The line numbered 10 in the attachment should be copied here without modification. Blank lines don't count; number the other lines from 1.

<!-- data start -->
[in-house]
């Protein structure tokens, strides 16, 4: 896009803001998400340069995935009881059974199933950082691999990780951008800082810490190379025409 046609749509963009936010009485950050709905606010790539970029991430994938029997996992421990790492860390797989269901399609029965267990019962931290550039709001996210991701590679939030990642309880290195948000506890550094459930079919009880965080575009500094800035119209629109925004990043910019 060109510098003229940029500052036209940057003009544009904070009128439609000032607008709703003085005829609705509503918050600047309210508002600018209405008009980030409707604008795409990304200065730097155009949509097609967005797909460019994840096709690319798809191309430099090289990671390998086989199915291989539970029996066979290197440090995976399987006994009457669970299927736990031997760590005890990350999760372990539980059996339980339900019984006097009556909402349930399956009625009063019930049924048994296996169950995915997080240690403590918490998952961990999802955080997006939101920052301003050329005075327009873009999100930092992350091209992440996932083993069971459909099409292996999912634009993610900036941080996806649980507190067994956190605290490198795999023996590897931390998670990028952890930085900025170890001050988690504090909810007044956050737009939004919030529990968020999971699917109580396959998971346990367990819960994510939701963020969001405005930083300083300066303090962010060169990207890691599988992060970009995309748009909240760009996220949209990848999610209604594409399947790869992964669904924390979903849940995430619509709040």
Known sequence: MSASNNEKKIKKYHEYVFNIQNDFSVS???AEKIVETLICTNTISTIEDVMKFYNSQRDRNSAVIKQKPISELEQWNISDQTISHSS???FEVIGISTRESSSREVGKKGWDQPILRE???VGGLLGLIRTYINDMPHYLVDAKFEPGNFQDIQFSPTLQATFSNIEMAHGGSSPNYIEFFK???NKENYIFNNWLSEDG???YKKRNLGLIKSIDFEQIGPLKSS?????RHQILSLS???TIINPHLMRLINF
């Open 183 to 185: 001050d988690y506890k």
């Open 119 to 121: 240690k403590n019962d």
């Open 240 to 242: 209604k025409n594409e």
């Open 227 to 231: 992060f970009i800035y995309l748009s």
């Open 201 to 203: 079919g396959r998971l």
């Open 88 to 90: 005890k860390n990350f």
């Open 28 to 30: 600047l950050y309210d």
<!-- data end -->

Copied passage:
């Open 28 to 30: 600047l950050y309210d």